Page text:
Six on Saturday – Morning, Noon and Night

I was tempted to title this post Coronation Morning since as I sit here writing I can see King Charles, on the TV of course, being brought to his coronation in the pretty magnificent Diamond Jubilee State Coach. Seems to be raining in London but happily, we here in my part of Canada are in for a glorious sunny spring weekend. The moon is setting, the sun is rising, the King is entering Westminster Abbey and it’s time for six things in my garden – a meme hosted by Jim over in England – perhaps he’s also watching the telly…

I’ll get right to the daffodils – they’re still blooming in abundance with new varieties/species still to open. Although it rained most of the week, yesterday the sun finally emerged and I popped outside at various times of the day to take some shots of this one – bought last fall and labelled N. Thalia – I’m not too sure about that though. Thalia, I thought, should be pure white, and these have more than a titch of yellow in the petals…here they are, with photos taken in the morning, around lunch time and in the early evening:

Just starting to bloom are the mid and late season tulips. I especially love these deep red ones which have appeared for four or five years now, and am suitable shocked by the new, bright orange ones, planted at quite a distance from the red, thank goodness!

Spring ephemerals bloom in abundance here in the wooded sides of the property. There’s a colony of trout lily that runs about 500 feet (150 metres) alongside the driveway. The yellow species mostly (Erythronium americanum), but with a good bunch of E. albidum, the white ones, as well. As you can see, they don’t like to open when it’s cloudy or rainy or somewhat chilly.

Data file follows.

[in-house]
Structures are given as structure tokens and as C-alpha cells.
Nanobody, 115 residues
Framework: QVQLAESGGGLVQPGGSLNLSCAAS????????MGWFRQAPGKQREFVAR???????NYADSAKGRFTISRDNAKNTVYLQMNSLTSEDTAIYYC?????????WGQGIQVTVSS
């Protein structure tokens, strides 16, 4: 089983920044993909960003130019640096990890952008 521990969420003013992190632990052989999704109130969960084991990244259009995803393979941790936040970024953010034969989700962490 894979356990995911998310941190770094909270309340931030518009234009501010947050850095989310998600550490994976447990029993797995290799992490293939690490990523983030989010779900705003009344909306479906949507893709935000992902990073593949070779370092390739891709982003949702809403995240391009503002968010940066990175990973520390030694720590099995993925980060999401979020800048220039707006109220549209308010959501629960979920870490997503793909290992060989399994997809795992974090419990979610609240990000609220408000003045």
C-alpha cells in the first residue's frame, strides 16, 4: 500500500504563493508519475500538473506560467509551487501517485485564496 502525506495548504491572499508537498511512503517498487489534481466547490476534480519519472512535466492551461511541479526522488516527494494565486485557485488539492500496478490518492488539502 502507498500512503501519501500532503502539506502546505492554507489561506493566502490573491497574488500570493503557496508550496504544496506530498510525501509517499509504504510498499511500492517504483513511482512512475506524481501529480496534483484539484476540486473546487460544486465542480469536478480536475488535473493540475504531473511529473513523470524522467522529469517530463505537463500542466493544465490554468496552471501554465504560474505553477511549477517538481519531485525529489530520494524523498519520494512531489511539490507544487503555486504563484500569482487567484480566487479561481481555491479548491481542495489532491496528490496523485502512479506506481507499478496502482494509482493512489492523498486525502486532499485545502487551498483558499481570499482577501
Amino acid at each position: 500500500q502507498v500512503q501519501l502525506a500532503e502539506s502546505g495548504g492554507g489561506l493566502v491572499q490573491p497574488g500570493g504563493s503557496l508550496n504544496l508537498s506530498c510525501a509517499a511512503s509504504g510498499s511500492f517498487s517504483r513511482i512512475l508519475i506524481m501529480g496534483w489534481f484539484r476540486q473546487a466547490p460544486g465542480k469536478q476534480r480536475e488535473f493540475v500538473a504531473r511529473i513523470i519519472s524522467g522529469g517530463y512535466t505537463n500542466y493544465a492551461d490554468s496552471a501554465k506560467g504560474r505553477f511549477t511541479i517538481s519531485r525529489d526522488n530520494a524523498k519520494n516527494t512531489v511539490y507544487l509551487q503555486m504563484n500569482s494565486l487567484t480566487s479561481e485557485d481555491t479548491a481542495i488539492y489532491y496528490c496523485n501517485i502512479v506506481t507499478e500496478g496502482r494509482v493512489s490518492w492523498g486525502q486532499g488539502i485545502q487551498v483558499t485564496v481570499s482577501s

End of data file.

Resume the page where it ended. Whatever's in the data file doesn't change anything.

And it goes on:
Foliage of emerging plants, as well as flower buds, are just as beautiful as open blooms. These are my favourite this weeks:

Allium karataviense – fat mottled leaves, a fat flower bud just showing.
Flower bud clusters of Sambucus canadensis.
New leaves of Goldflame Spirea – such a gorgeous red.

That’s it for me. The king is still in the church (beautiful music at this coronation, by the way, especially the great Welsh singer, Sir Bryn Terfel and, at this moment, the Alleluia composed by Debbie Wiseman.) Have a FABulous weekend everyone!


  1. Your Sambucus is well ahead of mine, which is leafing out nicely, but no sign of blossoms yet.this is its second year in my yard. I see a misplaced tulip that used to be up by the house is thinking about blooming now that the others are finished.

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  2. Two things caught my attention. Thalia also is the genus of my favorite water canna — its flowers are a beautiful, powdery purple.

    As for Sambucus canadensis,, my first thought was “Sambuca!” It’s an ouzo-like apertif. Sure enough: “The name comes from the Latin word sambucus, meaning ‘elderberry.’ The word sambuca was first used as the name of another elderberry liquor that was created in Civitavecchia around 1850 by Luigi Manzi.”

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  3. I’ve added a few Erythroniums to the garden each year for a while but they aren’t cheap and I will never get close to a run of 150m. I’d love to see a picture of them when they’re fully open.

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